This edited volume seeks to combine and highlight the theoretical and practical aspects of teaching by exploring and reflecting on the ways in which Cultural Studies is taught and practiced at both the undergraduate and graduate levels, in the US and internationally. Contributors create a space where connections among Cultural Studies practitioners across generations and locations are formed. Because the alliances built by Cultural Studies practitioners in the U.S. and the global north are deeply shaped by the global south/Third World perspectives, this book extends an invitation to teachers and practitioners in and outside of the US, including those who may offer a transnational perspective on teaching and practicing Cultural Studies. This volume promises to be a trailblazing collection of first-rate essays by leading and emerging figures in the field of Cultural Studies.
student union movement has taught us anything, it's that change only comes about through organizational labor. ... and politicization in Guillory's recent discussions of the academic job crisis seems worth considering.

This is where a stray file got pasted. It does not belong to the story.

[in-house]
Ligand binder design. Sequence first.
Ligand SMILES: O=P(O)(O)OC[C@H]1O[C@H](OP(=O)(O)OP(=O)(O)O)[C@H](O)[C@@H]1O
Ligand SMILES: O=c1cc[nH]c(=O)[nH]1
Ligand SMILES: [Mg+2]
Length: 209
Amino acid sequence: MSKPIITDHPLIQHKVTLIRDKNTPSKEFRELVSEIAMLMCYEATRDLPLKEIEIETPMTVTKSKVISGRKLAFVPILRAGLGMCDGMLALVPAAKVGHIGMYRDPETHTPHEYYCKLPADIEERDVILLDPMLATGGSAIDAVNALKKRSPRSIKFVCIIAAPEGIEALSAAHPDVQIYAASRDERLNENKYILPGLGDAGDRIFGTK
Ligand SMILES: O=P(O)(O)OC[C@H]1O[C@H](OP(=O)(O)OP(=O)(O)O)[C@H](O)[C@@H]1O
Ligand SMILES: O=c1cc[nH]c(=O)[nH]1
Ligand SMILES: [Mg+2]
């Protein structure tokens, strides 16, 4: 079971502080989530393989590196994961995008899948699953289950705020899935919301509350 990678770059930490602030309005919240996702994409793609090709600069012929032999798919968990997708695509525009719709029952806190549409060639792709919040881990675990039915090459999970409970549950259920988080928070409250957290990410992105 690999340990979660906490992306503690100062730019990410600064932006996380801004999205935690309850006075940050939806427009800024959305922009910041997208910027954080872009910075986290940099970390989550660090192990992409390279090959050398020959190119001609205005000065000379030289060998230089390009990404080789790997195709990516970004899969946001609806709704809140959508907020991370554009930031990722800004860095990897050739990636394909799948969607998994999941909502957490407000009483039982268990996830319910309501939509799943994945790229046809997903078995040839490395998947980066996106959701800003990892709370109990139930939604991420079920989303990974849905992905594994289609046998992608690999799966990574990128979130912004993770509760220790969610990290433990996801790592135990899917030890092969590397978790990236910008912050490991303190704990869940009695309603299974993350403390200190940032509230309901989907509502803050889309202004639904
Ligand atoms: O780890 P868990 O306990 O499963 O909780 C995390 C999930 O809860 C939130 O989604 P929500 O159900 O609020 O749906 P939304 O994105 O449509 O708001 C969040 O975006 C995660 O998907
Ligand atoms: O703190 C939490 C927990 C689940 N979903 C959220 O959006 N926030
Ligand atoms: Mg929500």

Author: Jeffrey R. Di Leo
Publisher: Psychology Press
Where does learning take place? In this collection of passionately argued essays, leading educators and theorists explore the "where" of pedagogy - how pedagogical processes are influenced by local conditions. Understanding this dynamic just may be the single most important ingredient to successful teaching.Classrooms Matter presents some of the best known voices in critical pedagogy--Michael Apple, Henry Giroux, Stanley Aronowitz, Carol Becker, Peter McLaren--alongside essays by such well-known scholars as Mark Poster, Sharon O'Dair, David Trend, Jacqueline Bobo, and others. These thinkers explore the sensitive balance between technology, physical space, economic developments, political events, and the goals of teaching--a balance we must constantly renegotiate if classrooms are to matter at all.
Most college instructors are now mired in economies of contingent labor, where freedom of expression in and beyond the classroom is less a right than a risk.42 And even their tenured and tenure-track colleagues are less autonomous than ...
Author: Samuel McCormick